When considering engaging a professional editor, first discuss the matter with your principal supervisor to obtain approval. It is recommended that you provide the editor with evidence of this approval before work begins. The ‘Guidelines for editing research theses’, developed by the Institute of Professional Editors (IPEd) in consultation with the Australian Council of Graduate Research Inc (ACGR), will help you to understand what is involved in having your thesis professionally edited.
Engaging a professional editor
Each of the Australian societies of editors maintains a register of professional editors that can help you to identify a suitable editor. Alternatively, your educational institution may hold a list of approved professional editors from which you can make your selection. Ensure that the editor you choose has appropriate professional experience.
Reading a thesis takes time, and editing it takes even longer: there is no such thing as a ‘quick edit’. You should engage your editor well in advance of the deadline for submission of your thesis, perhaps even while you are writing it, so that the editor has sufficient time to complete the task to their satisfaction, within their normal working hours, and you get the best possible outcome.
Services a professional editor may offer
A professional editor may only provide you with copyediting and/or proofreading services.
Copyediting services include editing to achieve the following:
- clarity of expression
- accuracy of grammar, spelling and punctuation
- appropriate use of style and tone
- appropriate use of technical, specialised or foreign material
- appropriate, accurate and consistent use of illustrations, diagrams and the like.
Proofreading services include checking the document to ensure that all document elements are complete and consistent. This includes verifying and correcting, as necessary, the following:
- the integrity of all parts of the publication
- consistency in use of style, terminology, etc.
- grammar, punctuation and spelling
- illustrations and tables
- format and layout.
Australian standards for editing practice provides full details of what is involved in copyediting and proofreading (Introduction, ‘The fundamentals of editing’, and Parts D and E).
Services that a professional editor will not provide
A professional editor should not advise or make corrections to the substance or structure of your thesis (Standards Part C), though they may draw any such problems to your attention. It is expected that your supervisor will have covered matters of substance and structure with you.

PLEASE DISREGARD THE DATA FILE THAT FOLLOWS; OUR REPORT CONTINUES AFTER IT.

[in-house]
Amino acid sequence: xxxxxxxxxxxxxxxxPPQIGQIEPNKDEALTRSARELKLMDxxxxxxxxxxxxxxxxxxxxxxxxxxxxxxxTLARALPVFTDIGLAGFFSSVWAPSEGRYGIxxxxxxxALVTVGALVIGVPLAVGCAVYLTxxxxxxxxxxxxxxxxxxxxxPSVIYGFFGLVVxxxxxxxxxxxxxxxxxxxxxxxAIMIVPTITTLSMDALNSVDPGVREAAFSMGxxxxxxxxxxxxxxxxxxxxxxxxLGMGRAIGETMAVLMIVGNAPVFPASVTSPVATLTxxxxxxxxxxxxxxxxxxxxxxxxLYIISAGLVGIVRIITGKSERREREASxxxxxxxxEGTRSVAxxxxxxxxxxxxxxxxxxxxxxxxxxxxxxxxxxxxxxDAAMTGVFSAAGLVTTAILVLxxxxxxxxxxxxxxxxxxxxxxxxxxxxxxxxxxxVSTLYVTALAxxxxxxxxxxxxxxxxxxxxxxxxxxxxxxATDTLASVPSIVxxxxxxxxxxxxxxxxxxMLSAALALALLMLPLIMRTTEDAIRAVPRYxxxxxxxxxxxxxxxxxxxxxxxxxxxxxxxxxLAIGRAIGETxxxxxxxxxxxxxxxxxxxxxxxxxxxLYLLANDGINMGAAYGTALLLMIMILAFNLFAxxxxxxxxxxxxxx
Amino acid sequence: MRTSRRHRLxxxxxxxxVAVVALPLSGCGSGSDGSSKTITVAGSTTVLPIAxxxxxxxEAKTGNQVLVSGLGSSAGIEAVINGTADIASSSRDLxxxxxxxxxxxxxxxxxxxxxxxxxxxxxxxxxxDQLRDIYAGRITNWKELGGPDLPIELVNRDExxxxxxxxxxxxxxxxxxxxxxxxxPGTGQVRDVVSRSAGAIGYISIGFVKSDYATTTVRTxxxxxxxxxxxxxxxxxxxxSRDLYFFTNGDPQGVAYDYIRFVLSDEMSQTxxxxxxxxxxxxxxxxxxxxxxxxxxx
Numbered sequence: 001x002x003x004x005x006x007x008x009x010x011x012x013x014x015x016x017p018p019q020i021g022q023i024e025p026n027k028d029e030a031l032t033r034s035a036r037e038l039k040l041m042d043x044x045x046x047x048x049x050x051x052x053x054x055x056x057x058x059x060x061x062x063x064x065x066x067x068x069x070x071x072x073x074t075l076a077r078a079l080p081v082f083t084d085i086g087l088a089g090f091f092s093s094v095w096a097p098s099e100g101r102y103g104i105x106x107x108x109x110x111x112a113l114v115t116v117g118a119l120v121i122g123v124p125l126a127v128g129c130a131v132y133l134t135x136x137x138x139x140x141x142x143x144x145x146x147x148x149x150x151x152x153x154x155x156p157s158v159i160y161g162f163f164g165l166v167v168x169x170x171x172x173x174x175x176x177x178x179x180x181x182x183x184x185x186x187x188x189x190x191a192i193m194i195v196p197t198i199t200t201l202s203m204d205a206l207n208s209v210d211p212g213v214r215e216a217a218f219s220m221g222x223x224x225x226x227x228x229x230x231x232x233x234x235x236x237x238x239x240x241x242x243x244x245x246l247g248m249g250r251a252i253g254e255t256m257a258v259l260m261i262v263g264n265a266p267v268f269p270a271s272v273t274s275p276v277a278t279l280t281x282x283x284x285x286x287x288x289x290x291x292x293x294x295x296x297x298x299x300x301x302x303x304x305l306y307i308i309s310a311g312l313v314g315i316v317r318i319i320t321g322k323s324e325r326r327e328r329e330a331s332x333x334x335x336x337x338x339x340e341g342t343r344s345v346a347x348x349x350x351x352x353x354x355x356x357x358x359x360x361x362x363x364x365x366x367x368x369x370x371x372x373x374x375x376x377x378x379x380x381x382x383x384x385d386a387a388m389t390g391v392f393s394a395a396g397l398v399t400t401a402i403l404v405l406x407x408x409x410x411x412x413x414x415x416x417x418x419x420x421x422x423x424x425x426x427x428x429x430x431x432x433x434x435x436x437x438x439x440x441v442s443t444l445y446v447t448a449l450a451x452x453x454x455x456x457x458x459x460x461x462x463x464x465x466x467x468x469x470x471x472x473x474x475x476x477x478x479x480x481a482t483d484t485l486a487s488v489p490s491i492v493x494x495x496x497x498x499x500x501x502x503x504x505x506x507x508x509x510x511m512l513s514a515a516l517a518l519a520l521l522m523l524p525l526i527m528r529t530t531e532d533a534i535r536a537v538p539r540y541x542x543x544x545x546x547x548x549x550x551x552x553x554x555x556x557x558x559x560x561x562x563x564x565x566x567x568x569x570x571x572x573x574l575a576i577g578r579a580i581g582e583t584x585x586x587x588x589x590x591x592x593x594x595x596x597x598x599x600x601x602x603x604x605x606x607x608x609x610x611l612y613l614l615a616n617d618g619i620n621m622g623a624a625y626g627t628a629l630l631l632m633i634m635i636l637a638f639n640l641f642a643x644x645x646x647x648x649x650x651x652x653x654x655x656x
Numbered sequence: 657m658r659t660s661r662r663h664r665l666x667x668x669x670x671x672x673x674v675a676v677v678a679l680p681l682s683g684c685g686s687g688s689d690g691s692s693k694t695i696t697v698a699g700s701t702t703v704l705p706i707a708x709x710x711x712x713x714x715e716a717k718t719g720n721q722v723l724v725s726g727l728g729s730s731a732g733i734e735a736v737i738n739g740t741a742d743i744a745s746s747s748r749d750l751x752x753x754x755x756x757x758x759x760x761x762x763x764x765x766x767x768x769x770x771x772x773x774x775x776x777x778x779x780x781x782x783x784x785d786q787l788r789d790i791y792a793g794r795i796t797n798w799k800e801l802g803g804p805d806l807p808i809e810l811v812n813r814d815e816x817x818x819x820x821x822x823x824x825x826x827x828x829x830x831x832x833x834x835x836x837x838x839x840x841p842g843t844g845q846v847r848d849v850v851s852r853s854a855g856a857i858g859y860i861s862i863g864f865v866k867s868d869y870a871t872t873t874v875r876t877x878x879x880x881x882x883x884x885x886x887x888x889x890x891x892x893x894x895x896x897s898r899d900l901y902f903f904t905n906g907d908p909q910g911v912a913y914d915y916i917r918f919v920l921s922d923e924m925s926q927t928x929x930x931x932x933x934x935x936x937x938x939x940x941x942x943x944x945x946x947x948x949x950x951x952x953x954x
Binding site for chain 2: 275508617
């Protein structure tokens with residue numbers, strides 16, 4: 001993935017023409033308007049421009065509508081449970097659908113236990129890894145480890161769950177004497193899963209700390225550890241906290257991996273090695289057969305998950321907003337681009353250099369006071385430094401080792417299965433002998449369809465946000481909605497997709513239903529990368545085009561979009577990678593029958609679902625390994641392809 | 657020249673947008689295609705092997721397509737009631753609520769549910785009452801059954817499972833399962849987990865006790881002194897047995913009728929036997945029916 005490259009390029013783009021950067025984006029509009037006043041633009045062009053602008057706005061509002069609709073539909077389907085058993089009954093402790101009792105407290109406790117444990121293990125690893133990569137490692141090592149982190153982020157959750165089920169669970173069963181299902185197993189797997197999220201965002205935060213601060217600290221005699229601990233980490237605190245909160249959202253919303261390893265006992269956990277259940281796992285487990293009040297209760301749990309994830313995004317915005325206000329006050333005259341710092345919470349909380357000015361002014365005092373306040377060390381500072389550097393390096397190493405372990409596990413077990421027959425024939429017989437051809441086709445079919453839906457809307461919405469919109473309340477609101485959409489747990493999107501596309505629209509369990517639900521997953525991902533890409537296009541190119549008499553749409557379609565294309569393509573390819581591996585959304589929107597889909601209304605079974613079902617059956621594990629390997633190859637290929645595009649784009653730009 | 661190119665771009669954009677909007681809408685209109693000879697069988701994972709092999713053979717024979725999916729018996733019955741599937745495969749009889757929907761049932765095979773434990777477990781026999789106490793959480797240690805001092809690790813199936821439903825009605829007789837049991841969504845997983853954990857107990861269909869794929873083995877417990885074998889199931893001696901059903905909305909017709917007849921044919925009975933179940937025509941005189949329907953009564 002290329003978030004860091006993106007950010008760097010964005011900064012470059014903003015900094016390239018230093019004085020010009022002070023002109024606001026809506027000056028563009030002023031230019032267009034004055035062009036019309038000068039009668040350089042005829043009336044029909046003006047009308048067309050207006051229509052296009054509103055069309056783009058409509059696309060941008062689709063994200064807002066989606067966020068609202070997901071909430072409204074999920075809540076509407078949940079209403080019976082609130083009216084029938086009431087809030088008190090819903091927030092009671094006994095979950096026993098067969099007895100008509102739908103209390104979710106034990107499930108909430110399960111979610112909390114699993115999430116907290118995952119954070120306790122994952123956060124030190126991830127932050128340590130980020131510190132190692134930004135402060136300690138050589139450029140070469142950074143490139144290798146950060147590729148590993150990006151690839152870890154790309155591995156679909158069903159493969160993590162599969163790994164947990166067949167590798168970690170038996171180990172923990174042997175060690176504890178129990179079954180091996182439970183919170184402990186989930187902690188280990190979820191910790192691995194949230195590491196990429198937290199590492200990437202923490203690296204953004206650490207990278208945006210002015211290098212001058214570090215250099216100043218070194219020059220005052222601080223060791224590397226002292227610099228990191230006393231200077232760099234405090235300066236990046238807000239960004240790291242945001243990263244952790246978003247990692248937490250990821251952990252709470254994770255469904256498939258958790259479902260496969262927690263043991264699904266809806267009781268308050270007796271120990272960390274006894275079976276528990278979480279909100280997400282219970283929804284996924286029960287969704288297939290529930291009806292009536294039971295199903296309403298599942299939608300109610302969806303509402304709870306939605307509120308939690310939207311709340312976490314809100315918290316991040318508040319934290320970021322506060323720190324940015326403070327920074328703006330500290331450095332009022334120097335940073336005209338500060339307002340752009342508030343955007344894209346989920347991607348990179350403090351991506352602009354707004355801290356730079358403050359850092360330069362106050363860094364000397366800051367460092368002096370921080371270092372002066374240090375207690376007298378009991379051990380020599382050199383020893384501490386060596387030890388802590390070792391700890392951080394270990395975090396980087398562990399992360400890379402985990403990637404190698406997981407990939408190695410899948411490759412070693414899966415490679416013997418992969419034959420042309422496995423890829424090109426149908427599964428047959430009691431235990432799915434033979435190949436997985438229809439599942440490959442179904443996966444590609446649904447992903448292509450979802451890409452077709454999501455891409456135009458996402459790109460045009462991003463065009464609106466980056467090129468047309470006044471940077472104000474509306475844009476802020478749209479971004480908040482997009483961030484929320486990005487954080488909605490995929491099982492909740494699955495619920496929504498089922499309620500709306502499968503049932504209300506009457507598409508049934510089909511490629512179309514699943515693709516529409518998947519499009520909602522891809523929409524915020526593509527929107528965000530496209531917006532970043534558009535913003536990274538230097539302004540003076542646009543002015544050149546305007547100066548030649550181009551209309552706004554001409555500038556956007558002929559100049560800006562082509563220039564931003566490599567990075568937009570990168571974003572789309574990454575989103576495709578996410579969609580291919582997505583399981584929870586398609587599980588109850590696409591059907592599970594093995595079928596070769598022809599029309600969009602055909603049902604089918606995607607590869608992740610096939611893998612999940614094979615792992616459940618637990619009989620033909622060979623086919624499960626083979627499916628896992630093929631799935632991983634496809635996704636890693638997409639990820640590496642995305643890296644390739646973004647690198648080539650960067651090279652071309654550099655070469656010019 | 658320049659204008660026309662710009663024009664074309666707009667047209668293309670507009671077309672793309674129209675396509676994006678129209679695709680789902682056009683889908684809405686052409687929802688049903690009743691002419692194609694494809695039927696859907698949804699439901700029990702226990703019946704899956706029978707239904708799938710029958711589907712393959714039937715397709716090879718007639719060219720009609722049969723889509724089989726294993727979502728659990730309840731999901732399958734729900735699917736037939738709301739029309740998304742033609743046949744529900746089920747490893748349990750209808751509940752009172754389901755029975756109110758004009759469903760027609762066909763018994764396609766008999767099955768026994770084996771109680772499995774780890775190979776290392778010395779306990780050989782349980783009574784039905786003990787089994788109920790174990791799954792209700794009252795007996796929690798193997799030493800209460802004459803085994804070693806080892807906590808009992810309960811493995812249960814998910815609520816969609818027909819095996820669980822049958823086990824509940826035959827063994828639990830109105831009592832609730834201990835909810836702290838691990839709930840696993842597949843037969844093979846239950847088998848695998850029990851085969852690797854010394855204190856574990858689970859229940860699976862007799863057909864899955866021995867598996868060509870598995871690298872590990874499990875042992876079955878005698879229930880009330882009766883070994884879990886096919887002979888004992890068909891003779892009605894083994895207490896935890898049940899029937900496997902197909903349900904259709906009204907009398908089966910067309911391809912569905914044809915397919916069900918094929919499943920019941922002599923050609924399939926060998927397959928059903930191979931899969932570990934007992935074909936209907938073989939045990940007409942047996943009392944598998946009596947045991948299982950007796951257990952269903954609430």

It is not the responsibility of the editor to identify issues of content, such as checking facts and possible inappropriate use of others’ work or the acknowledgement of such work. However, if possible problems of this type are identified, the editor may advise you to check the university’s guidelines and to seek the advice of your supervisor.
Providing your thesis to the editor
An editor may accept work either in hard copy or as an electronic file, but your institution may stipulate that editing should be carried out in a specific format. You should discuss with the editor, at the outset, which format you will work in. The editor will advise you on the process to be followed for the editing to be completed responsibly and efficiently.
You are responsible for providing the editor with a clean copy of your thesis as well as a copy of any style guide, manual or guidelines to which your thesis is required to conform.
The editor will outline any other requirements of your role during the editing process.
What to do with your edited thesis
Bear in mind that this is your thesis, and that the final responsibility for its integrity is yours.
You are responsible for checking each change individually before accepting it, whether editing has been done in hard copy or as an onscreen mark-up. Automatically accepting changes may introduce errors into your thesis and may undermine your ownership of and authority over your work.
Your editor is advised to return electronically edited material to you as a PDF file, to ensure that you consider and make each suggested editorial change to your own working copy.
The use of a professional editor should ensure that your thesis is expertly and thoroughly copyedited and/or proofread. However, it is impossible to guarantee that all copyediting and proofreading errors are eliminated. The final responsibility for the integrity of the thesis remains yours. This includes ensuring that you have used and acknowledged all sources of your content appropriately and according to your university’s guidelines.
Acknowledging professional editorial services
Any contribution by a professional editor should be acknowledged in the prefatory matter to your thesis and could take the following form: ‘Professional editor, [editor’s name], provided copyediting and proofreading services, according to the guidelines laid out in the university-endorsed national ‘Guidelines for editing research theses’.